The next phase of the Internet of Things, part 2
All Things Wireless
It’s not the case that all Things will be wireless; just almost all of them. Some objects are very static and very close to the right kind of wire but vastly more devices are not. This is because of mobility, remoteness, convenience and, particularly in the home, because of aesthetics.
Utilising wireless technology invokes three very familiar issues:
Power is needed to measure, process and transmit data to the Internet. Devices also receive data and take action; but taking action often requires much more power than receiving data. Arguably it is in measurement that power is most critical. Applications are highly variable, but many measurements are infrequent, particularly in tasks such as environmental monitoring or event detection. Powering the Internet of Things
It’s not only the act of receiving data that uses power. Remaining in a conventional standby state can consume power too. Most short and long range wireless protocols require devices to listen continuously for a beacon and in those infrequent applications, it is often the case that the power consumed to remain in standby is the largest component of all power used in the device.
There are four mainstream ways to power the IoT :
- Wired power
Wired power is simple, reliable and predictable but is only suitable within a few metres of an outlet and where simple accessibility and/or ergonomic issues don’t prevent its use.
- Rechargeable cells
Rechargeable cells work well in many consumer applications, providing that the time and patience exists for recharging. For fixed or remote applications, leakage will make the lifetime too short and recharging makes them impracticable.
- Energy harvesting
Energy harvesting has enabled some amazing applications including remote devices, in-body devices and near field devices for payment and communications. While it is possible to derive power from some unexpected places, the technology remains confined. In too many cases there is insufficient light, heat gradient, motion or physical space to generate the power needed.
- Dry cell battery
Dry cell batteries provide high capacity and low leakage. They represent a good choice for powering remote, inaccessible devices along with managing aesthetics and maintaining usability in the home. However, replacement can be expensive and periodic replacement creates a very undesirable operating expenditure.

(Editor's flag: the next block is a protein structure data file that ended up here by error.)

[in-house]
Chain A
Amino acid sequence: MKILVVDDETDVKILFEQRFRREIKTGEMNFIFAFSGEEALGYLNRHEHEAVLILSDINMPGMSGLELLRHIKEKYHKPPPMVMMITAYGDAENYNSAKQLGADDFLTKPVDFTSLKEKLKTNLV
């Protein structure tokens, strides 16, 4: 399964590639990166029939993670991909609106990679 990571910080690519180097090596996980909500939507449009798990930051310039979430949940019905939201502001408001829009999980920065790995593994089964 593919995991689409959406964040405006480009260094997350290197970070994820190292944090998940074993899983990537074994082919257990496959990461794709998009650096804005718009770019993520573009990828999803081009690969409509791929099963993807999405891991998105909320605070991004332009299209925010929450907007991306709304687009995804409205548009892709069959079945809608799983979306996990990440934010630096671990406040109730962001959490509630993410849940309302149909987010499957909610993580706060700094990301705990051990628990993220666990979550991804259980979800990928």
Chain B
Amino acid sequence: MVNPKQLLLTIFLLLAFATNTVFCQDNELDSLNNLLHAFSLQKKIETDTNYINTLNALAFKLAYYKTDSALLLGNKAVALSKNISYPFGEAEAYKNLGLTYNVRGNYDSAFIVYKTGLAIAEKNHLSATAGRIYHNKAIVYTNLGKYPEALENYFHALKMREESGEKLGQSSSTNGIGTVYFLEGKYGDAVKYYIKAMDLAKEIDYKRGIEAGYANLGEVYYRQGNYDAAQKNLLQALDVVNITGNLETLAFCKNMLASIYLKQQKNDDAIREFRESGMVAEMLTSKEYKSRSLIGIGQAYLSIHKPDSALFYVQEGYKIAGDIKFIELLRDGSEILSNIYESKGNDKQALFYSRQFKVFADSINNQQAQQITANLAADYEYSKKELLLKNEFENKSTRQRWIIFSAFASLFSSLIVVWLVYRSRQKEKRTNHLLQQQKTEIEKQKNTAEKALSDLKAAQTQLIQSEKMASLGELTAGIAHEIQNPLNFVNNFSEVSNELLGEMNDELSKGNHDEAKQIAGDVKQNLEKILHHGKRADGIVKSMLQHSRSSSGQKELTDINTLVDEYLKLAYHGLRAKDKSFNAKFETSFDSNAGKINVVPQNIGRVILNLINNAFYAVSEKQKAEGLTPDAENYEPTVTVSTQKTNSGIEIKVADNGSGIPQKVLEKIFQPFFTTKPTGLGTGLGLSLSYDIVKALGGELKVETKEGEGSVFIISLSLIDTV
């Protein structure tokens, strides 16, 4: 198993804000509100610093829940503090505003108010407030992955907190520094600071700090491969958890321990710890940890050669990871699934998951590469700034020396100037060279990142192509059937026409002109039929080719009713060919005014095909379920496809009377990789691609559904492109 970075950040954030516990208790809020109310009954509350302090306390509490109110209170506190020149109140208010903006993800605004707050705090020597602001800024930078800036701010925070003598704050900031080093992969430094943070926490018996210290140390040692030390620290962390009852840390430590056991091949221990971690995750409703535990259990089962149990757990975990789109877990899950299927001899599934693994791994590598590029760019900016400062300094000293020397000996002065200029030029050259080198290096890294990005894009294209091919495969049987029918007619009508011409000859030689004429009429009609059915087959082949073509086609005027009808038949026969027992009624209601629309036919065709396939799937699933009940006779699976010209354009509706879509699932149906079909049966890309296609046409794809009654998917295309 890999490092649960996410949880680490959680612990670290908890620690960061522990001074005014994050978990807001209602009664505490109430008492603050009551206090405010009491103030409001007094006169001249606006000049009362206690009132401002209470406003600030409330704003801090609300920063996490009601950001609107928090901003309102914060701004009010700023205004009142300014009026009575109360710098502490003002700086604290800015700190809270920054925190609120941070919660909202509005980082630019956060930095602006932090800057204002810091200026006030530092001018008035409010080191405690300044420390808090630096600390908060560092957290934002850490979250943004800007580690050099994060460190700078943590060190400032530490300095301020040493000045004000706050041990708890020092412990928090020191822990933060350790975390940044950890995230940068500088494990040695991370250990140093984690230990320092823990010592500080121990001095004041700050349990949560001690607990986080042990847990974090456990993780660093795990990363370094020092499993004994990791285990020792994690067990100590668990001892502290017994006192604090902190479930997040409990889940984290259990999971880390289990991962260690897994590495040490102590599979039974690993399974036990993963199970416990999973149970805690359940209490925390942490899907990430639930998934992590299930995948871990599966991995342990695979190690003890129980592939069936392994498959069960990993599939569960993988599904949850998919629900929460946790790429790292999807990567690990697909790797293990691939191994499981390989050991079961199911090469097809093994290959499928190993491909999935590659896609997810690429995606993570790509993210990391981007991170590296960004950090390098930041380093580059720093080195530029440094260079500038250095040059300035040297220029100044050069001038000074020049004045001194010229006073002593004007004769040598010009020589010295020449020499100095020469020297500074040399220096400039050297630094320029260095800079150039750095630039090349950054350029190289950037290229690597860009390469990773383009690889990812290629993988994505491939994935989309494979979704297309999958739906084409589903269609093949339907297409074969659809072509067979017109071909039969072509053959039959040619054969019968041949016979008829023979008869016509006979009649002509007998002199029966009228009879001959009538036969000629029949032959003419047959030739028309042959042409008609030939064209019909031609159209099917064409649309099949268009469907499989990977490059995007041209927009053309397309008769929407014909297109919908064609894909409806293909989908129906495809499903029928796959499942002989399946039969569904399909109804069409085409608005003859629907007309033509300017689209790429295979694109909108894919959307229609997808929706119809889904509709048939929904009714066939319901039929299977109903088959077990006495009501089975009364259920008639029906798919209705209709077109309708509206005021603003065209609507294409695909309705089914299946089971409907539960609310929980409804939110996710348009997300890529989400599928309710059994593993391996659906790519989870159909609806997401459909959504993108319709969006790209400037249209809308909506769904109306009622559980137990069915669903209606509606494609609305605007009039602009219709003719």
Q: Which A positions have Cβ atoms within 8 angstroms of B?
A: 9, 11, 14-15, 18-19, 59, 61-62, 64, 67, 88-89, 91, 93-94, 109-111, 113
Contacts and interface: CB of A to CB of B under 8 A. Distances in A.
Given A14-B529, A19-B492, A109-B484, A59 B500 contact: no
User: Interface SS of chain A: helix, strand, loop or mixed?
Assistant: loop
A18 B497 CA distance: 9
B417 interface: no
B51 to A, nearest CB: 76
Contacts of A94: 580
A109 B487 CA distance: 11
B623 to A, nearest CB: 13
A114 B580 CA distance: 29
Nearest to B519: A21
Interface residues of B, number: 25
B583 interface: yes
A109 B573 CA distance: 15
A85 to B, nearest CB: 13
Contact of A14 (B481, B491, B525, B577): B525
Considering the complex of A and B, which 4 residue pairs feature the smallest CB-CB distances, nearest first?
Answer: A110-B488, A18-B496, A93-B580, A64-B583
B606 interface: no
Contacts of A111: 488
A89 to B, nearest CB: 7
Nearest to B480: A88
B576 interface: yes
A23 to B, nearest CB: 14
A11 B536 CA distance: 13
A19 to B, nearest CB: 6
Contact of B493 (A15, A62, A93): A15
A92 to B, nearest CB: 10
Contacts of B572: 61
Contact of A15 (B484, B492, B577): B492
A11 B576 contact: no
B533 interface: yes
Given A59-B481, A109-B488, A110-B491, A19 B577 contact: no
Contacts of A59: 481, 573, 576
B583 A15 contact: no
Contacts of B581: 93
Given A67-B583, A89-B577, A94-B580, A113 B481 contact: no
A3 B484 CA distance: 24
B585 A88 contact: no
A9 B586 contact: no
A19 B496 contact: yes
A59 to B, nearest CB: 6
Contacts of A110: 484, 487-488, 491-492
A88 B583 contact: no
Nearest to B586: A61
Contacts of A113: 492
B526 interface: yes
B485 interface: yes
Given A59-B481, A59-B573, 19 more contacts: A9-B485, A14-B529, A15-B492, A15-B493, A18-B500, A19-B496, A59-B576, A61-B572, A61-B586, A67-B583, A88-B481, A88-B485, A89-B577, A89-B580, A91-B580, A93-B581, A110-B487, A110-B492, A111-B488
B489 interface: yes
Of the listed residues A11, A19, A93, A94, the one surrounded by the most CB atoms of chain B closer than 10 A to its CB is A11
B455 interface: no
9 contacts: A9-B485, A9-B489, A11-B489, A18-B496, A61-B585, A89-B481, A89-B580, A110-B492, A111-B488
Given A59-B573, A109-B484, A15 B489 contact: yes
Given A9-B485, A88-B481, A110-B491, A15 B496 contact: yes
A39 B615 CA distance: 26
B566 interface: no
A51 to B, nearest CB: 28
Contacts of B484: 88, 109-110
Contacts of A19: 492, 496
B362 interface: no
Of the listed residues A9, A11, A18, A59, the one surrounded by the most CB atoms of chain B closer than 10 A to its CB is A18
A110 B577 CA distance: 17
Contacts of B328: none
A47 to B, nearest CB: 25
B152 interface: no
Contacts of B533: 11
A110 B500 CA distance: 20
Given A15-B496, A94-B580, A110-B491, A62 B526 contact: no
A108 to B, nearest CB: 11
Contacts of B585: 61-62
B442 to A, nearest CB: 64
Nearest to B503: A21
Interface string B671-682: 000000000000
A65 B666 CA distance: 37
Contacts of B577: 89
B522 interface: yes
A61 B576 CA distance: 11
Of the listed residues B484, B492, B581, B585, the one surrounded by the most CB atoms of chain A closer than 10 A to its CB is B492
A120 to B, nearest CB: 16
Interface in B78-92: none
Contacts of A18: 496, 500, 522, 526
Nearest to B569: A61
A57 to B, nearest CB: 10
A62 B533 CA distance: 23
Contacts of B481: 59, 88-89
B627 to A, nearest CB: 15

Power is critical to reducing the total cost of ownership of Things. To make new, differentiated applications, what’s needed is fit-and-forget power – no recharging, no wires and multi-year battery life. Enabling that means either a big battery, or some truly low power technology.
Fit-and-forget power is critical to the next phase of the Internet of Things.
Are standards a problem looking for a problem..?
Standards have powered an incredible array of consumer electronics devices. Cellphones, wireless networks and short range personal devices have all been created as a result of the work of standards bodies and countless organisations that have sponsored them and developed technology based on them, including TTP.
At the physical layer, a wireless standard sits at a specific point in terms of spectrum, range and data rate. While most standards include options and/or fallbacks to mitigate interference, each standard is a compromise to meet the needs of a group of applications. Implementations make compromises too, selecting a set of functionality and interfaces to target a broad range of applications to maximise market share. These compromises have a direct impact on all aspects of implementation – range, performance, silicon area, memory and power consumption.
In return, there are two advantages to the use of a standard: networks and scale. Using a standard means that you can piggy-back onto someone else’s network and volumes derived elsewhere mean that silicon and module vendors have scale advantages. Higher volume drives increased integration and more investment in power-saving features. But is that enough?
Moore’s law is exhausted
In 1965, Gordon E Moore first predicted the logarithmic progress of silicon integration. This evolved into Moore’s law, which has proven to be one of the most accurate predictions of technological progress ever made. After nearly 40 years, the complexity of silicon devices continues to increase, but the costs of implementing each increment are becoming more and more prohibitive. Moore’s law is no longer able to predict a similar reduction in cost. Nvidia published its analysis in 2012 – while available silicon area roughly doubles with each shift in geometry, the incremental cost of implementing the same functionality through smaller processes has diminished to almost zero.
Moore’s law has had a further unintended consequence. While incremental improvements in efficiency of active power are still being achieved, static power consumption is becoming a serious problem. With smaller and smaller physical features, electrons can much more easily leak past barriers and across the boundary of transistors. This directly impacts designers, who now have to constantly manage leakage and make tough implementation choices between high performance and lower leakage logic.
Since Moore’s law can no longer be relied upon to continue to reduce system cost and power, then for those applications where cost and power are still too high, something more radical may still be needed to bring power consumption and cost down.
Part 1 of this blog is available here
Michael Barkway, Consultant, TTP, www.ttp.com
Michael Barkway has more than 25 years’ experience in the cellular and wireless industries, pioneering the development of one of the world’s first GSM basestation designs through very early development work on custom silicon and software for DECT, 802.11, Bluetooth, 3G, HSDPA and LTE. Michael holds an MBA from Cranfield University and a BSc in Electronics from Manchester.